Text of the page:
Bread: A Unit Study

Bread: A Unit Study
Bread: A Unit Study

On July 7, 1928, the first sliced bread was sold. At the time, bread was a familiar world product. Loaves of bread had been bought and sold for millennia. But up until that date, consumers had taken home a loaf of bread and sliced or tore it themselves in their own homes.

The Story of Sliced Bread

Otto Frederick Rohwedder’s background was in jewelry. He became a jeweler’s apprentice at a young age and worked his way up until he owned three jewelry stores of his own. But although jewelry supplied his income Rohwedder was really an inventor at heart. His jewelry business simply provided him with a collection of tools that he could use to create new machines.

One machine that Rohwedder had set his heart on creating was a bread-slicing machine. He sold all three of his jewelry stores to raise funds for this purpose, built a factory, and created a prototype.

In 1917 Rohwedder suffered a severe setback when a factory fire destroyed both his blueprints and his prototype. Nevertheless, by 1928, Rohwedder’s invention was refined to the point where it could consistently cut bread into slices ½ inch thick and then wrap them. He set up shop in his Chillicothe Baking Company in Missouri and began business.

At first, customers were somewhat wary, as individual slices of bread would go stale much more quickly than an entire loaf. Over time, however, the machine was improved to the point where it could wrap the loaf and package it in cardboard, thus keeping the bread fresher longer.

Before too long, Americans found sliced bread to be a great convenience. This eventually led to an increase in bread consumption, as well as a dramatic rise in electric toaster sales.

Bread Throughout History

The process of making bread is so ancient that it would be impossible to give a precise account of its origins. Suffice it to say that the most ancient cultures known to modern civilization all had some variation on the bread-baking process. Bread is referenced repeatedly in the Old Testament, with unleavened bread having particular symbolic importance (besides being a convenient way to entertain unexpected guests). Specimens of ancient bread have been found in Egyptian tombs and in the ruins of Pompeii. The Greeks and Romans had public bakeries and even made bread in interesting shapes ranging from plows to wedding rings.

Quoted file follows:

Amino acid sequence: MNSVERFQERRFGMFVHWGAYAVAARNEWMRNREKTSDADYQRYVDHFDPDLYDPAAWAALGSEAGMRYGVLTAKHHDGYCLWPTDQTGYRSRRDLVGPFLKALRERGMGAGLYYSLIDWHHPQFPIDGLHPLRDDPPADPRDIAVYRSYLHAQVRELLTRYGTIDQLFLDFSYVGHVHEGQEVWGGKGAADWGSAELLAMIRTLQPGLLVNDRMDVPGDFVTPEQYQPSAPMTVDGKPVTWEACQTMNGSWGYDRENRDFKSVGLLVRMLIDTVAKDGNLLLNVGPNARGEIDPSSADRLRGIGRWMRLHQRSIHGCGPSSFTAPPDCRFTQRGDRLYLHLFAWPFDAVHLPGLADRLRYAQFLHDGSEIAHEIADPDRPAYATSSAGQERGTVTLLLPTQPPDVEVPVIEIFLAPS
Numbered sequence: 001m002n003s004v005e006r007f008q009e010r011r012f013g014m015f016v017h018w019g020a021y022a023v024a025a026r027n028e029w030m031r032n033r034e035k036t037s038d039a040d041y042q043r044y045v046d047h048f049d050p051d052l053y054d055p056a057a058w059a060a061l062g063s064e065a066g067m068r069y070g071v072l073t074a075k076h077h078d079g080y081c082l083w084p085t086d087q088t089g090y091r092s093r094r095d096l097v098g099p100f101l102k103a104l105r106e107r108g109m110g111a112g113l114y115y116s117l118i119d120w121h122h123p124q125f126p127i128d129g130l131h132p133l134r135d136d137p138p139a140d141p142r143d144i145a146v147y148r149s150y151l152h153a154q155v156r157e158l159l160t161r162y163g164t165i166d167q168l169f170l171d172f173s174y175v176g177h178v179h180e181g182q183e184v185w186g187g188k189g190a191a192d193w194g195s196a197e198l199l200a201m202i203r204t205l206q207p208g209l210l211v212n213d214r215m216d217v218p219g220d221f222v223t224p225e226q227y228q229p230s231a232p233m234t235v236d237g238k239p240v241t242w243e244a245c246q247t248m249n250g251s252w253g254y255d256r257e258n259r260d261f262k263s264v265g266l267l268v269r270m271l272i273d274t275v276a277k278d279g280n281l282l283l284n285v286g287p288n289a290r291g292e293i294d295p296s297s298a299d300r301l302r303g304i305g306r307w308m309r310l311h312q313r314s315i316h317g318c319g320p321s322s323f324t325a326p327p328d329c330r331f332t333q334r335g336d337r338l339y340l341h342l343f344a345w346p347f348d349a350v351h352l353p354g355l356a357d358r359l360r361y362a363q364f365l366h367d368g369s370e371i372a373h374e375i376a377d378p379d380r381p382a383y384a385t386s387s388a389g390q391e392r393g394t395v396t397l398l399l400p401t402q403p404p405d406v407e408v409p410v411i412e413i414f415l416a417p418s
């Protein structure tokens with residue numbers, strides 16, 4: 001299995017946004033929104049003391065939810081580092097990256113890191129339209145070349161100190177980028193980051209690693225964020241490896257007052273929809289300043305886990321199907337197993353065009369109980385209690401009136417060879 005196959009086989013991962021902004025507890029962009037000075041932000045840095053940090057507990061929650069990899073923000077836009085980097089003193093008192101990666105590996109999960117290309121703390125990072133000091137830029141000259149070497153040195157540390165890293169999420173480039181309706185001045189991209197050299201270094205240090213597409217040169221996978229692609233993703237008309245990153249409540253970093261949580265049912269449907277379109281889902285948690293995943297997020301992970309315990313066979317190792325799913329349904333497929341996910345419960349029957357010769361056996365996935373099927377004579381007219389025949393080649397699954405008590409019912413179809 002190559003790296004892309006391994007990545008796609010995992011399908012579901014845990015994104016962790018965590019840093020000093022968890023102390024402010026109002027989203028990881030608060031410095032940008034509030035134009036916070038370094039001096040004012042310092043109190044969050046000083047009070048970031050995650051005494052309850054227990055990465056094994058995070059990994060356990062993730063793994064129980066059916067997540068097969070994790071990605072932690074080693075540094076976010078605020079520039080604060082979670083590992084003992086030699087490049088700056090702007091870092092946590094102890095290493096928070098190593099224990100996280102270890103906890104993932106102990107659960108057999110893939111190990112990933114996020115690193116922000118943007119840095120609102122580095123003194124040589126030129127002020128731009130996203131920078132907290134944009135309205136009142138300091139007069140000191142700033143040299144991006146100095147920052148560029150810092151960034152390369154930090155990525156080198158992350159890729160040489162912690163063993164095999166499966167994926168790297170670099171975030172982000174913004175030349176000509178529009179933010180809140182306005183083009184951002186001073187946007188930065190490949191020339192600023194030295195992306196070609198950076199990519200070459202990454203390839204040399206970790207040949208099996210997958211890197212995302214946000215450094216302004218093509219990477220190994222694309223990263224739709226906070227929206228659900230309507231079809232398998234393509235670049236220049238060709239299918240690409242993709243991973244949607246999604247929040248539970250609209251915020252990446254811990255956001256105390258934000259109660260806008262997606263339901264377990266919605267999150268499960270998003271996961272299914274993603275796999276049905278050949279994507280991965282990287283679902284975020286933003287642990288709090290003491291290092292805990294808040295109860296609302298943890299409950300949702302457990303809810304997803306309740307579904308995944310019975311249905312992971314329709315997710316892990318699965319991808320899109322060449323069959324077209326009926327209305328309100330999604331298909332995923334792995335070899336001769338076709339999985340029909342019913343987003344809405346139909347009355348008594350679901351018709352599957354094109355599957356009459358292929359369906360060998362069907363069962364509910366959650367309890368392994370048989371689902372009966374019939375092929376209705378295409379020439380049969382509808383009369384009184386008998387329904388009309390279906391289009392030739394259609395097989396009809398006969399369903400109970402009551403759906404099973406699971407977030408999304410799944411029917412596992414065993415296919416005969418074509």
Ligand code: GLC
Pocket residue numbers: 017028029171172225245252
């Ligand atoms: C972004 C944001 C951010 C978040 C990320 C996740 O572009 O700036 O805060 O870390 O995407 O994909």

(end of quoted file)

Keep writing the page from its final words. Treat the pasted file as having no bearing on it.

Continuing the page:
In Ancient Roman times, the burgeoning urban populations led to an increased demand for bread. This led to improvements in the process of milling and baking on a large scale, particularly in the military, but even these advances did not ease the fears of those in the government that the public would grow uneasy and revolt. To appease the people, bread was given out on a large scale. About 200,000 people received bread from the government in the time of Julius Caesar, each person carrying a bronze or lead ration ticket to make their claim. Furthermore, Rome began importing large quantities of grain, particularly from Egypt, but also from Sicily, Sardinia, Spain, and North Africa, as it was less expensive to import the massive amounts of grain needed by sea than to transport it via cart from the surrounding countryside of modern-day Italy.

Commercial baking declined for a time after the fall of the Roman Empire, but it increased again as cities arose during the Middle Ages. Bread experienced a particularly rocky phase of its history during the medieval days, as famines and bread-related uprisings were common. Peasants were forbidden to grind their own grain, millers commonly mixed flour with less expensive substances, and imported grains were typically subjected to numerous taxes and tariffs. To add to the problems, ignorance of proper grain storage methods frequently led to foodborne illness outbreaks.

The subsequent centuries of bread-baking history were hardly less tumultuous, with monarchs and rulers of many nations tightly regulating the process in hopes of keeping control of the situation. The Industrial Revolution eased the situation in North America and Europe, as mills were built to grind grain into flour and a wide range of commercial baking equipment was developed. After World War I, a new problem emerged—Stanford University found that 6% to 10% of bread production went unsold, resulting in over half a million barrels of flour being wasted annually.

The Basic Ingredients of Bread

In most cases, the main ingredients used to produce bread are the ground seeds of various domesticated grasses, such as wheat, barley, and rye. However, other ingredients that feature prominently in the many breads of the world include everything from acorns to artichokes to kelp.